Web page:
On Monday, Northern District of Illinois Judge Virginia M. Kendall denied three motions to dismiss a putative class action alleging that the nation’s leading turkey suppliers—including Butterball, Cargill, House of Raeford, Tyson, and Perdue—engaged in a conspiracy to fix the prices of turkey sold in the United States over a seven year period. [1]

Like several other pending criminal and civil antitrust actions involving the meat industry, the class complaint alleges that suppliers constituting 95 percent of the turkey market engaged in information exchanges of confidential business information, including production and sales data. According to the complaint, the turkey suppliers used Agri Stats—a data compilation company that services the agricultural industry and markets itself as designed to help protein suppliers improve their profitability—as a mechanism for accessing current and future sensitive business information. Judge Kendall ruled that allegations that Defendants knew their competitors participated in Agri Stats and had the ability to decode the supposedly anonymized metrics were sufficient to allege a hub-and-spoke conspiracy—with the Defendants being the spokes and Agri Stats being the hub.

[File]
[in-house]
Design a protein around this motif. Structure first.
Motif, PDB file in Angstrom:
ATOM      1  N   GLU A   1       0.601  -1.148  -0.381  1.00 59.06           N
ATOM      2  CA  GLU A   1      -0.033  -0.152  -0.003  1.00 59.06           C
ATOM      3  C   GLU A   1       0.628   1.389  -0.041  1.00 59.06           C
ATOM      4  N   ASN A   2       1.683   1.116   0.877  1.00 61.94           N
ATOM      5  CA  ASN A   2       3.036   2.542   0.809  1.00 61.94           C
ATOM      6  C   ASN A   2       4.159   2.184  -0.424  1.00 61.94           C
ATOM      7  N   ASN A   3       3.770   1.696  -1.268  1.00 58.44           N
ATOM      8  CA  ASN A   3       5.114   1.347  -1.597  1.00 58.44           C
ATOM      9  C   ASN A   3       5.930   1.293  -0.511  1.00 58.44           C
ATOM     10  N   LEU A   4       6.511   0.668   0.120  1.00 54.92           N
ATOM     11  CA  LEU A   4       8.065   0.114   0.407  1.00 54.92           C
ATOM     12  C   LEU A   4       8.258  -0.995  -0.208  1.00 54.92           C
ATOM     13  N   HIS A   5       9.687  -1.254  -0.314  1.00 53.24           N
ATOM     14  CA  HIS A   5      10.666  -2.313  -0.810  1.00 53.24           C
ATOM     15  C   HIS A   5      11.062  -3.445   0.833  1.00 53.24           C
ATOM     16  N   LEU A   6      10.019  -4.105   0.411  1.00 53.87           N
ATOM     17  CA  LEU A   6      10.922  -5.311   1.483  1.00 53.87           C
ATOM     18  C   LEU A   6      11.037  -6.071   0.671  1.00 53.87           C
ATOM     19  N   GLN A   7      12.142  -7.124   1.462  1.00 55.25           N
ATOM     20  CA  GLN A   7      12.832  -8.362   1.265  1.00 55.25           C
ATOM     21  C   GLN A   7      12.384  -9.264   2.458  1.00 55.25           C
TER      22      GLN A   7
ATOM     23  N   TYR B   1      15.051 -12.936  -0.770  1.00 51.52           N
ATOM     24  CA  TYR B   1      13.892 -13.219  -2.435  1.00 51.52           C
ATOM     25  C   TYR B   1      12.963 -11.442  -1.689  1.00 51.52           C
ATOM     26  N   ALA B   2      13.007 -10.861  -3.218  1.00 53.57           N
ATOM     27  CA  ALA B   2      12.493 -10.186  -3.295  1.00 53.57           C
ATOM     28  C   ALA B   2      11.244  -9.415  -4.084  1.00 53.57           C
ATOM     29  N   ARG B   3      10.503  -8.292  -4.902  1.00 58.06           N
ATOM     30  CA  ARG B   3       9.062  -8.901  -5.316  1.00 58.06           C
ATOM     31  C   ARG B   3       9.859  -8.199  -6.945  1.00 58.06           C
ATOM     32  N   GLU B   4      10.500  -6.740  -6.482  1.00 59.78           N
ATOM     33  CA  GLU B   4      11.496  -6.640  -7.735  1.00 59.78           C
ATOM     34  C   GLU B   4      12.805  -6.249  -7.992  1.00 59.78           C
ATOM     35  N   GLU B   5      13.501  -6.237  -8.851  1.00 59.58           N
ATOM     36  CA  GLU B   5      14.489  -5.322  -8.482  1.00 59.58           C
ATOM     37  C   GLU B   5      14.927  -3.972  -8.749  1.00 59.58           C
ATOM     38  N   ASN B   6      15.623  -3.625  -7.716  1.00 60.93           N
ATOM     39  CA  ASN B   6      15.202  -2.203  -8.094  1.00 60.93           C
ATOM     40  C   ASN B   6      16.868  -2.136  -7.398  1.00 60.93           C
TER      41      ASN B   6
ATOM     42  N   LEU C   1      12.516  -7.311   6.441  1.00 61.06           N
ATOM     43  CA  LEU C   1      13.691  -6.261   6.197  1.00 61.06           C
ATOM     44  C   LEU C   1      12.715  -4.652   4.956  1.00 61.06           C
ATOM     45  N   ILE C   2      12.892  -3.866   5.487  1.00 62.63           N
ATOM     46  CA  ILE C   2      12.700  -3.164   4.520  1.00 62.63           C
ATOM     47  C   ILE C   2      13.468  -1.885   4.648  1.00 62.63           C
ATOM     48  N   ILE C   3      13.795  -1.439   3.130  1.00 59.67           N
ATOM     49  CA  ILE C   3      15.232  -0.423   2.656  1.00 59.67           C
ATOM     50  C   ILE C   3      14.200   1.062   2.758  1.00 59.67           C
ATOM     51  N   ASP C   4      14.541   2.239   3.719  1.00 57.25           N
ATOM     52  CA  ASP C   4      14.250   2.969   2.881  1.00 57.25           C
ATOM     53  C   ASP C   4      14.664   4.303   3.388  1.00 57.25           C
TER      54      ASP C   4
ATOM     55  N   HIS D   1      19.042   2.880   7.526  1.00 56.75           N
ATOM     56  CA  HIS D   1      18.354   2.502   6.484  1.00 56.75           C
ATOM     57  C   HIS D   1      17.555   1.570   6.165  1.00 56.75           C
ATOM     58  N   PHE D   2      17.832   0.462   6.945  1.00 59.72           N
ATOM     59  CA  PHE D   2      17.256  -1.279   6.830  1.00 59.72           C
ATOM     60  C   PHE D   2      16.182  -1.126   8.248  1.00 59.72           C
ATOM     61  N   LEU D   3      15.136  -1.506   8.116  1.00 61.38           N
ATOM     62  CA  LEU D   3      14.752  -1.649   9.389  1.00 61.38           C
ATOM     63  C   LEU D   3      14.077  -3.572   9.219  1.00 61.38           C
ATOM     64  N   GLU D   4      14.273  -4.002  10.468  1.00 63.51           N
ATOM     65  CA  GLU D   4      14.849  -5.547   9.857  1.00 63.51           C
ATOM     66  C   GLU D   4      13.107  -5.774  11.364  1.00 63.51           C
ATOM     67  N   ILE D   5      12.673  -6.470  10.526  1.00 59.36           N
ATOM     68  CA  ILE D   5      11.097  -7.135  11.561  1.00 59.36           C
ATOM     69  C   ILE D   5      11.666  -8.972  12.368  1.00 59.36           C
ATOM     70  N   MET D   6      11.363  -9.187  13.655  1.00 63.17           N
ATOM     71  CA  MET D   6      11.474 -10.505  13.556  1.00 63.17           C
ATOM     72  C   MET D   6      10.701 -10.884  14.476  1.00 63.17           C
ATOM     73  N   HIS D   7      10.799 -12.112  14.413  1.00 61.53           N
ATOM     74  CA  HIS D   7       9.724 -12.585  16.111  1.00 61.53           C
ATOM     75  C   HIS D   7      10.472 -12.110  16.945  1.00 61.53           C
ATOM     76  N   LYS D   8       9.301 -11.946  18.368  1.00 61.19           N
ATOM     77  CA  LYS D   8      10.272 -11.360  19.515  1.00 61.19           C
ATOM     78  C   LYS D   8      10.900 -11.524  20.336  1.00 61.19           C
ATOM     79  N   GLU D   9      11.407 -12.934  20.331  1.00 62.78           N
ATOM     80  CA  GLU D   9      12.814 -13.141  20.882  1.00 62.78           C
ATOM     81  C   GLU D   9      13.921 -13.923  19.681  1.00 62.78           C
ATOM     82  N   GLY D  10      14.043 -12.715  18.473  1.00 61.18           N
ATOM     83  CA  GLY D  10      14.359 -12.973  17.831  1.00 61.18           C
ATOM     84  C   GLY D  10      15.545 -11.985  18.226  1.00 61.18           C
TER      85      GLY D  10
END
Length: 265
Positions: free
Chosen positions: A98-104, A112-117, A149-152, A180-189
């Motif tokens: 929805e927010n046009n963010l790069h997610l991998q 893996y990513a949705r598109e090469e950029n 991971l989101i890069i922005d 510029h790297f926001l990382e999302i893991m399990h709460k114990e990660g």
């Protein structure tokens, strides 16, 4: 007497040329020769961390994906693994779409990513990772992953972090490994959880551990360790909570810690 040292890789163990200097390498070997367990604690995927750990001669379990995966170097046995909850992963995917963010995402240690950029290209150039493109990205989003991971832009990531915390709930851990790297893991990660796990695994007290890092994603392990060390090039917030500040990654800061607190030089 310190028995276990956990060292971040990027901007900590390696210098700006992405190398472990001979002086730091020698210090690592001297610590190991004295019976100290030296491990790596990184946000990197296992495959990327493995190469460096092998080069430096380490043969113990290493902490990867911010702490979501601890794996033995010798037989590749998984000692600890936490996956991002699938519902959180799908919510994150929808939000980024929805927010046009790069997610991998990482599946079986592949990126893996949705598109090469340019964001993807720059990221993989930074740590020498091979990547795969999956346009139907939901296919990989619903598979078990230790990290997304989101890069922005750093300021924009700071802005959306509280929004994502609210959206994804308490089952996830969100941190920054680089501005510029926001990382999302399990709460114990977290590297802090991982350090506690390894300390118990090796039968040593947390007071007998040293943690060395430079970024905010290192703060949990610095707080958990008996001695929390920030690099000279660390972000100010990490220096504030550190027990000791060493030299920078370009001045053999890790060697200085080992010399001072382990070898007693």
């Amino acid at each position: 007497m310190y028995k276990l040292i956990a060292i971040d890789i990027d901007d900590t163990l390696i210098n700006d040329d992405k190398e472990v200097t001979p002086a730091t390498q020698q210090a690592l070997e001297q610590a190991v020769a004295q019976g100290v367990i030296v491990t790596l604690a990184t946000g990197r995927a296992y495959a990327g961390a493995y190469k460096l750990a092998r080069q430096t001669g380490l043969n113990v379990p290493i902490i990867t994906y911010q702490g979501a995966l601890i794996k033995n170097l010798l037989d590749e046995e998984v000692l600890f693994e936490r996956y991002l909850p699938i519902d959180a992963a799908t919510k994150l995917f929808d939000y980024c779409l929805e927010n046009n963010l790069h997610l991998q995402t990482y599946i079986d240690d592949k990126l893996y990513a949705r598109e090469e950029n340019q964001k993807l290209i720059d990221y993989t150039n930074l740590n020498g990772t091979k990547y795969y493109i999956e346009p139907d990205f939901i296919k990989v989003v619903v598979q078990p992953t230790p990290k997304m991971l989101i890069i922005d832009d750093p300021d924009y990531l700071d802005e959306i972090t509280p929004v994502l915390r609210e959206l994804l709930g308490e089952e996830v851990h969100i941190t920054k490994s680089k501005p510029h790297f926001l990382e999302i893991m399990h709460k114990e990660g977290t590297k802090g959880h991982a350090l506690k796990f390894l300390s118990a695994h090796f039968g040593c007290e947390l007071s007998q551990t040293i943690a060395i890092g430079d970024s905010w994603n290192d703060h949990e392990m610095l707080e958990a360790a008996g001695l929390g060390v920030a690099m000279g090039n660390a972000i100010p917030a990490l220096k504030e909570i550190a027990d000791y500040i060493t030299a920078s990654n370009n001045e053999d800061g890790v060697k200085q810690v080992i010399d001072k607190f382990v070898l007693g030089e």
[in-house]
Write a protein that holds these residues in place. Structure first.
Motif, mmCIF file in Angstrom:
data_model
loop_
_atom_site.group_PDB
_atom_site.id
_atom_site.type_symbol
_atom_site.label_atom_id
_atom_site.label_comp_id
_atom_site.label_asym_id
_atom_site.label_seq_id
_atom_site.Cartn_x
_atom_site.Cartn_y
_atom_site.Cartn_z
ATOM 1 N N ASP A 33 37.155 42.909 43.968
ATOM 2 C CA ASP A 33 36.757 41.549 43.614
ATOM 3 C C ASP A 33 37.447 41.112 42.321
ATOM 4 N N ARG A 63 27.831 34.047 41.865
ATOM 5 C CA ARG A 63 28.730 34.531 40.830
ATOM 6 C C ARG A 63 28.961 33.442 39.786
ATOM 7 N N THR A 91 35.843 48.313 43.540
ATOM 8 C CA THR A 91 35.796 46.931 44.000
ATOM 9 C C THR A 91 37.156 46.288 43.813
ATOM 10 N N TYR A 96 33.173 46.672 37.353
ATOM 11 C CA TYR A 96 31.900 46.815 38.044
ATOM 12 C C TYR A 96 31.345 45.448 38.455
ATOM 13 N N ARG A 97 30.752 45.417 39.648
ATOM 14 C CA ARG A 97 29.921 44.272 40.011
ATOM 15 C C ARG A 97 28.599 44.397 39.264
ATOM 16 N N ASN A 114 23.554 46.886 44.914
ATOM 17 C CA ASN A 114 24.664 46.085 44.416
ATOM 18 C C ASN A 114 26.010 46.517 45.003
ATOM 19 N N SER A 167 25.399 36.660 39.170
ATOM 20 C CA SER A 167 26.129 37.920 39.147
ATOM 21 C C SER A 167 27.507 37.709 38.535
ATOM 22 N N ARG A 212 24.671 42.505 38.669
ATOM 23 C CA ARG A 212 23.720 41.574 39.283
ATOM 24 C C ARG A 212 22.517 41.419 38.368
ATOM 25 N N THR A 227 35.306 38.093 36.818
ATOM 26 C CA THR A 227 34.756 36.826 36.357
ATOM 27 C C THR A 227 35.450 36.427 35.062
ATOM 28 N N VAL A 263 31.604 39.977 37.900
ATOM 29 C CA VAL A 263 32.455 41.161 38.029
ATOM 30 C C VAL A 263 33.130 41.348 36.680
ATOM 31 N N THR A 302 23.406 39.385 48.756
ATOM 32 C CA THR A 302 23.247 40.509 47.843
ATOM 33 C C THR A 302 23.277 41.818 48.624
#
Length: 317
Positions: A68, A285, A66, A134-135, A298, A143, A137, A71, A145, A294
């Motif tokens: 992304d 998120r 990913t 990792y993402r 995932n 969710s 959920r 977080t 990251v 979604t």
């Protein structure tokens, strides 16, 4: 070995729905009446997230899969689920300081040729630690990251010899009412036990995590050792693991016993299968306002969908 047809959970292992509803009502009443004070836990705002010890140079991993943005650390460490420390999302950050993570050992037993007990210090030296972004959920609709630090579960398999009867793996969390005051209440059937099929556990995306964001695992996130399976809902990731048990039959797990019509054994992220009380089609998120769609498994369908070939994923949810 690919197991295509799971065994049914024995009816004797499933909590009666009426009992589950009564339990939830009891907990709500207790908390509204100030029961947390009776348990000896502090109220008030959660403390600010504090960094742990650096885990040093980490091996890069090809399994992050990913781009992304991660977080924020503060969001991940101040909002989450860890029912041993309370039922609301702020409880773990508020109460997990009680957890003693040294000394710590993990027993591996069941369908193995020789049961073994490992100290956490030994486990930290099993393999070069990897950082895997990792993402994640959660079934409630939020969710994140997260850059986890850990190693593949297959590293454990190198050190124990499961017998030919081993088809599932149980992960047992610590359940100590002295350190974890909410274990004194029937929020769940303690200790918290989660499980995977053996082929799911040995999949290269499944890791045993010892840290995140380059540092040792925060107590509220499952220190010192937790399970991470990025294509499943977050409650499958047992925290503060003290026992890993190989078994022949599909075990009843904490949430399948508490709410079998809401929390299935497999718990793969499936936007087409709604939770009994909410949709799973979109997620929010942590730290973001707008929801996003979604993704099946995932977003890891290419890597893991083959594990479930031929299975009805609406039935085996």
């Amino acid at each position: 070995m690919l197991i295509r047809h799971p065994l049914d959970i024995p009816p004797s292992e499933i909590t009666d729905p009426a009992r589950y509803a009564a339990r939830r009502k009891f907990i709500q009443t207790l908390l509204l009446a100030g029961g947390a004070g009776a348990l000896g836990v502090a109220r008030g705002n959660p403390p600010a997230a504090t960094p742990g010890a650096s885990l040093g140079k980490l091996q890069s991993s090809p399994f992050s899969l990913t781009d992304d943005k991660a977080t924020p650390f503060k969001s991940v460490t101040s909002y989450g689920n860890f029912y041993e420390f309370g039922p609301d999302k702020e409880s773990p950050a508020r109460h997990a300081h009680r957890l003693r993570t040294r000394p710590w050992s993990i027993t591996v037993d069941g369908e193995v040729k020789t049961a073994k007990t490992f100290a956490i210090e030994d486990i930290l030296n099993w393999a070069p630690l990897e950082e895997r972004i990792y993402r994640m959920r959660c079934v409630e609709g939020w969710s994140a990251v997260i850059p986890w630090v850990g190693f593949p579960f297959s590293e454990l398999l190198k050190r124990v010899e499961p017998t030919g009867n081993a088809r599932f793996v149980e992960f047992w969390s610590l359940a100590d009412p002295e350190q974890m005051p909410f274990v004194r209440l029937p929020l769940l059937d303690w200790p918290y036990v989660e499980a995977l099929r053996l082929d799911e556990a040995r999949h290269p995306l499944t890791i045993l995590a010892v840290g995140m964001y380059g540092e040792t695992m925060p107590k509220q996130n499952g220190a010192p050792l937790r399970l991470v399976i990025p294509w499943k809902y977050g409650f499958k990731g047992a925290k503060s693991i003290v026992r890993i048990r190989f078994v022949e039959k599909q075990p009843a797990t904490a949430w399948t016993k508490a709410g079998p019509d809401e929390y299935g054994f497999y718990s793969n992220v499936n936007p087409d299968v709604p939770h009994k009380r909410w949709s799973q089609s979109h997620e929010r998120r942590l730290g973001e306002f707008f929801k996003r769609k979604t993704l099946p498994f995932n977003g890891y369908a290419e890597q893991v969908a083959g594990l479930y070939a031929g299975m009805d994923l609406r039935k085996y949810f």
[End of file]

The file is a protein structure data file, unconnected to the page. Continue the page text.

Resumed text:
The order noted allegations of market dynamics that made the turkey industry particularly conducive to collusion—namely, relatively few suppliers, inelastic demand, and fungible products. The Court also referenced the complaint’s allegations that while the “gap between feed costs and turkey prices was significant” in the period immediately preceding the initiation of the Broiler Chicken antitrust case (which also asserts Agri Stats information sharing), “the price of turkey dropped precipitously” after the Broiler Chicken case began. The Court found that the complaint adequately alleged an anti-competitive effect—namely, price increases and slowed production—resulting from the information exchanged through Agri Stats.